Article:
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Influencing the zeitgeist with a long and variable lag

Summary:
Jay Powell was asked about long and variable lags in monetary policy, and his answer caught my eye: You know, the question of long and variable lags is an interesting one. That’s Milton Friedman’s famous statement. And I do think that in this world where everything is — or the global financial connect— markets are connected together, financial conditions can change very quickly. And my own sense is that they get into — financial conditions affect the economy fairly rapidly, longer than the traditional thought of, you know, a year or 18 months. Shorter than that, rather. But in addition, when we communicate about what we’re going to do, the markets move immediately to that. So, financial conditions are changing to reflect, you know, the forecasts that we made and —

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Jay Powell was asked about long and variable lags in monetary policy, and his answer caught my eye:

You know, the question of long and variable lags is an interesting one. That’s Milton Friedman’s famous statement. And I do think that in this world where everything is — or the global financial connect
— markets are connected together, financial conditions can change very quickly. And my own sense is that they get into — financial conditions affect the economy fairly rapidly, longer than the traditional thought of, you know, a year or 18 months. Shorter than that, rather. But in addition, when we communicate about what we’re going to do, the markets move immediately to that. So, financial conditions are changing to reflect, you know, the forecasts that we made and — basically, which was, I think, fairly in line with what markets were expecting. But financial conditions don’t wait to change until things actually happen. They change on the expectation of things happening. So, I don’t think it’s a question of having to wait.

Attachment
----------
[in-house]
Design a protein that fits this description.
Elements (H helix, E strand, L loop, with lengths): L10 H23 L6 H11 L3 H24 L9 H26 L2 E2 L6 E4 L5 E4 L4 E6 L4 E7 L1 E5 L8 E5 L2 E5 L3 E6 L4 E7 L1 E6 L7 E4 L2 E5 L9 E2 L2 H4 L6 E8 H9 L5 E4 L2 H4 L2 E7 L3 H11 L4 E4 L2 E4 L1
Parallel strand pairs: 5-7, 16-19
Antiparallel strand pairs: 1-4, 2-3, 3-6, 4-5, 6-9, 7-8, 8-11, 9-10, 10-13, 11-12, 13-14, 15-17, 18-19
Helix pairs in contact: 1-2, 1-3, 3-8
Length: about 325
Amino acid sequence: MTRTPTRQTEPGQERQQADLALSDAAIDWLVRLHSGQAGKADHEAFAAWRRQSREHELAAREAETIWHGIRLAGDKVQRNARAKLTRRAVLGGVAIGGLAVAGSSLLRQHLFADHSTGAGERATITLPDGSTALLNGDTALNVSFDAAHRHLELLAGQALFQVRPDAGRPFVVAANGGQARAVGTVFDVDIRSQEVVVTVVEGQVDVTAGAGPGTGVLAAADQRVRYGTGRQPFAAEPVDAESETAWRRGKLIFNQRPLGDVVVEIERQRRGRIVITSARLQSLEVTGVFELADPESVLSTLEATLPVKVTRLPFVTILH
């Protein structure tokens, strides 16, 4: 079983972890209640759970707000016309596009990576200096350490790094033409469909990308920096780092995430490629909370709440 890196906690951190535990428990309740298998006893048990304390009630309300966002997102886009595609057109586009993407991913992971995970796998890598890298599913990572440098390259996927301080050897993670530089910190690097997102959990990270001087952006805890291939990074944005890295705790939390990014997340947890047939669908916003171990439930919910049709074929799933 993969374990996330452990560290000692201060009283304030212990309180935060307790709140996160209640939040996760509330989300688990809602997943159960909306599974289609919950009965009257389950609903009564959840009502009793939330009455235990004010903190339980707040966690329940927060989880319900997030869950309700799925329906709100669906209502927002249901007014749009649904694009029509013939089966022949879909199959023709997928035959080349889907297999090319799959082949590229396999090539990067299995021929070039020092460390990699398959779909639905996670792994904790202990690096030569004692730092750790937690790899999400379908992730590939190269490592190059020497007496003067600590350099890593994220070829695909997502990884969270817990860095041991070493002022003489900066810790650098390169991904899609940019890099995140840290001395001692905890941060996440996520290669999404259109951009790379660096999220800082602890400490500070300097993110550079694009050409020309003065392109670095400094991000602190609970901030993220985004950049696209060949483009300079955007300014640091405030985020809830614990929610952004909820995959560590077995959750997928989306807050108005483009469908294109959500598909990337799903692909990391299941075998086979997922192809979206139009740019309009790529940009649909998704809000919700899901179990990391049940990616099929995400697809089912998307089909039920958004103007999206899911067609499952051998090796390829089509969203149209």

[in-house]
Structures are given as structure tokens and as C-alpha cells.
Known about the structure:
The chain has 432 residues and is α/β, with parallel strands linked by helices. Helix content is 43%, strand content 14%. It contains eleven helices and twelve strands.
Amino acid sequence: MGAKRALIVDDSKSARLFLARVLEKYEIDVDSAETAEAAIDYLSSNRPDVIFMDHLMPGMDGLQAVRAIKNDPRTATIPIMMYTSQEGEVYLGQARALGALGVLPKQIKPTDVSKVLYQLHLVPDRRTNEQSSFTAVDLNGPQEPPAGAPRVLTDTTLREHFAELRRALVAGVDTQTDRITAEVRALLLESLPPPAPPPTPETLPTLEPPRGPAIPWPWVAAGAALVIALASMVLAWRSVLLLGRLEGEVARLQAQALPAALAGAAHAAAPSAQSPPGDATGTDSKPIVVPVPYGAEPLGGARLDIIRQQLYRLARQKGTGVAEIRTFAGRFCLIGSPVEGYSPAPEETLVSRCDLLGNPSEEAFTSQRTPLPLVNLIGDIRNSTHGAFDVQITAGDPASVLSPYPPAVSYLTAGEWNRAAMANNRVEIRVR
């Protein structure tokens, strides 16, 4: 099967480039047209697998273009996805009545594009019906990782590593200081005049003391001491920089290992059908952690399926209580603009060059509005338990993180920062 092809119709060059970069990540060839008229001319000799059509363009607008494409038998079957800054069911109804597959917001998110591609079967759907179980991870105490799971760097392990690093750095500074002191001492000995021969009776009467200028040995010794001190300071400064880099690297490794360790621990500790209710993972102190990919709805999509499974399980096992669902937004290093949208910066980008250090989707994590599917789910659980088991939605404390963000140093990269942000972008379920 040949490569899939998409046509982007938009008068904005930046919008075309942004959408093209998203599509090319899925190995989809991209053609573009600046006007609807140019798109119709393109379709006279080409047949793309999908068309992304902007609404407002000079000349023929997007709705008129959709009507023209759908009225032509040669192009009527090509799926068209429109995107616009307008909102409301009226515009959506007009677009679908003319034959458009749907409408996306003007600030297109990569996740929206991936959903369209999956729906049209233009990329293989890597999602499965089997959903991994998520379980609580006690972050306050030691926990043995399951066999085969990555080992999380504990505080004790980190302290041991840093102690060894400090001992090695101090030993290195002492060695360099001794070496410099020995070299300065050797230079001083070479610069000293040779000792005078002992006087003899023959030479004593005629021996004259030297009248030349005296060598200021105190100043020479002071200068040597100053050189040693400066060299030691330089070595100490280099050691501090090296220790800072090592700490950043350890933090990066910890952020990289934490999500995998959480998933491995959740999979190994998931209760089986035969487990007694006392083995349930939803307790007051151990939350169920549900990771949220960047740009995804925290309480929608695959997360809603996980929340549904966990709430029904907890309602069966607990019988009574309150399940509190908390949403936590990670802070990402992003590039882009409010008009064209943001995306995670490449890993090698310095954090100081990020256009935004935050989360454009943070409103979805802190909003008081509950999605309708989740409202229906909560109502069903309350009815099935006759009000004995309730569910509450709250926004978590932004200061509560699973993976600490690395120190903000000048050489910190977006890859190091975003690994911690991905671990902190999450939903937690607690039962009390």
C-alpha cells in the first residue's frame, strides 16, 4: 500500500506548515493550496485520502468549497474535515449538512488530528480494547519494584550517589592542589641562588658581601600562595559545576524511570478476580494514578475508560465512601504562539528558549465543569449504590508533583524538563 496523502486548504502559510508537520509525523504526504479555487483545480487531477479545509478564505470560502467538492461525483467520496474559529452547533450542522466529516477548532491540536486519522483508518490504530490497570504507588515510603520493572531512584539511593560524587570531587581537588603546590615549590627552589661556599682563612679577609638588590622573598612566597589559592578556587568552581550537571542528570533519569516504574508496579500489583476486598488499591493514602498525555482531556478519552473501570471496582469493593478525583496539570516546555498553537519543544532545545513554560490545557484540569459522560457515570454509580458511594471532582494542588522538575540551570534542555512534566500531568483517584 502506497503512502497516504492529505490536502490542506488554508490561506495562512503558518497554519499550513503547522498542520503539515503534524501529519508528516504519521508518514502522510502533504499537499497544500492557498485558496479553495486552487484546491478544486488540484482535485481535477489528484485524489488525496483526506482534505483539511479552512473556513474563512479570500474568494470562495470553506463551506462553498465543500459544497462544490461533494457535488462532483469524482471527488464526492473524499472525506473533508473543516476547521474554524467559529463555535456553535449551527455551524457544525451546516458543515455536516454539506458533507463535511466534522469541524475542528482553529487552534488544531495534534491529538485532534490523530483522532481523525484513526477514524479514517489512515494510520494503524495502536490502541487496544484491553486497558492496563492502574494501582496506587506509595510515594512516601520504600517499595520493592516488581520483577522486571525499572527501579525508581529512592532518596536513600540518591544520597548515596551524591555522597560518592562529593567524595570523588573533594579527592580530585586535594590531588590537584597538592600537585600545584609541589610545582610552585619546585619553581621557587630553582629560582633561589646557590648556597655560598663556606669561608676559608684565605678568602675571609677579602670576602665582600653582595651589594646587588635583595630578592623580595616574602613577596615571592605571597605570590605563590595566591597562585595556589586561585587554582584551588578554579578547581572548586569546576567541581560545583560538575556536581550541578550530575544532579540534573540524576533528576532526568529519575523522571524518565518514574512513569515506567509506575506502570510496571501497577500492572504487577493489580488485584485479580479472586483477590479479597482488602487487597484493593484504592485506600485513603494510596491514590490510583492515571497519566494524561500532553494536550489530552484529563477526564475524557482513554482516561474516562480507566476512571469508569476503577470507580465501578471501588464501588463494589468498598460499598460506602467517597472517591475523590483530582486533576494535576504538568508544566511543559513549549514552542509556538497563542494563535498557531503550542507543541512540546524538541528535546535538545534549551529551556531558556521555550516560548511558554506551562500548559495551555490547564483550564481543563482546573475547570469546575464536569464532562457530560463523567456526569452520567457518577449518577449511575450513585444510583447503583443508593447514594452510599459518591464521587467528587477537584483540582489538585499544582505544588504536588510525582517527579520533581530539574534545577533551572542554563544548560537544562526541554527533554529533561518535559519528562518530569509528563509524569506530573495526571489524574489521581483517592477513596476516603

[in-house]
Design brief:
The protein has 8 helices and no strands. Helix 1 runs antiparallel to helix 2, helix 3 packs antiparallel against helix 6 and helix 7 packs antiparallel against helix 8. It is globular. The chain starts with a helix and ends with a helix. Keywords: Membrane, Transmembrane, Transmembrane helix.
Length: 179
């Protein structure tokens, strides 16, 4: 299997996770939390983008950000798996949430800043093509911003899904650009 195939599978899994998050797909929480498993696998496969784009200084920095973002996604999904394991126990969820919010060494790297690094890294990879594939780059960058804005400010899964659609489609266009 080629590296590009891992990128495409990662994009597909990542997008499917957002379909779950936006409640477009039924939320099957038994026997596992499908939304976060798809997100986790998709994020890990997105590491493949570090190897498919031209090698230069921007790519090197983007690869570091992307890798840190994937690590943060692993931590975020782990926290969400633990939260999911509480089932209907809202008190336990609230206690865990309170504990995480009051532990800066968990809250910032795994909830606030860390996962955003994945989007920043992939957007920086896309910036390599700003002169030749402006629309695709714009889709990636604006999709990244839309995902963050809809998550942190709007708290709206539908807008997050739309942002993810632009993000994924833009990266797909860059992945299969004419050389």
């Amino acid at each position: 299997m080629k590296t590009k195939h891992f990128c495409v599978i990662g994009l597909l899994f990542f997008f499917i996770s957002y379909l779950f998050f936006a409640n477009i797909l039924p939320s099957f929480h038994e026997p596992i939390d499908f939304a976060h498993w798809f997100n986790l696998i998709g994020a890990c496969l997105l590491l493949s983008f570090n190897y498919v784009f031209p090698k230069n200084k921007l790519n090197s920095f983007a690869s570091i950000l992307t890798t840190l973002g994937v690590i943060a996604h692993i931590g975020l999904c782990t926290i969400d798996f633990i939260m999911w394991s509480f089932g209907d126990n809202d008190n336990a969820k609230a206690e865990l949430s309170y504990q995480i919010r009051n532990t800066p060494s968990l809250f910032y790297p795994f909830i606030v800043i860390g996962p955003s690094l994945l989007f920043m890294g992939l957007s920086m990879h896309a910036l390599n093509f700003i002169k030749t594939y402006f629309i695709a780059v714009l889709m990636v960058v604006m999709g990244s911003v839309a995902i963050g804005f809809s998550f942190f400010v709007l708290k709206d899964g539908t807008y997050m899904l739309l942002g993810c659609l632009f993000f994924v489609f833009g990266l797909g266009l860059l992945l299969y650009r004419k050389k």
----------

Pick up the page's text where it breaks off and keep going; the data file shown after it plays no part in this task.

Matt Yglesias made the following comments, just five days prior to the Powell press conference:

But one problem with this view is that empirically when the Fed cuts its target interest raise or announces some new QE, bond yields sometimes go up rather than down.

One way to deal with this is to invoke Milton Friedman’s idea that monetary policy operates with “long and variable lags,” so you shouldn’t expect any immediate operation of the hydraulic mechanism. The long part could make sense, but long and variable suggests a flight away from inquiry and toward a kind of superstition. “Long and variable” means there is no empirical test of whether or not the mechanism is working. It takes time to operate, and there’s no way of knowing in advance how much time.

And I think it ultimately makes more sense to think of the whole thing as mostly a conjuring trick. A QE announcement can make rates go up because it is creating expectations of faster nominal growth in the future.

The really important thing, though, is that the bond market is not the only financial market. If traders all raise their expectations of nominal growth, the price of commodities and of stock shares will also rise. This generates wealth effects that can fuel spending. It also directly encourages investment in producing commodities and indirectly encourages investment in startups and tangible business equipment.

Now there are lags here, but they are lags in the sense that financial investments (the price of copper going up) happen faster than physical investments (because copper is more expensive now, the copper mines increase production). But the proximate mechanism is essentially instantaneous. If your goal in an inflationary environment is to reduce expectations of future nominal growth, then you can tell more or less immediately whether or not that happened by looking at financial markets. And critically, while doing things can and does influence expectations, so does talking about doing things.

I like that “superstition” remark. The final paragraph echoes the “no wait and see” point I used to make about policy initiatives.

PS. I hope Yglesias will forgive me if this unusually long quotation violates copyright rules, but I’m actually trying to send business his way. Powell already seems to be a subscriber.

PPS. When Abe took office at the beginning of 2013, Japan switched to easier money and tighter fiscal policy. A similar shift took place in the US at about the same time. NGDP growth sped up in both countries, clearly signaling that monetary policy is more powerful than fiscal policy. But The Economist has a new article out claiming that the lesson of the 2010s is that fiscal policy is more powerful than monetary policy.

Sometimes I feel like I’m just beating my head against the wall.


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Scott Sumner
Scott B. Sumner is Research Fellow at the Independent Institute, the Director of the Program on Monetary Policy at the Mercatus Center at George Mason University and an economist who teaches at Bentley University in Waltham, Massachusetts. His economics blog, The Money Illusion, popularized the idea of nominal GDP targeting, which says that the Fed should target nominal GDP—i.e., real GDP growth plus the rate of inflation—to better "induce the correct level of business investment".

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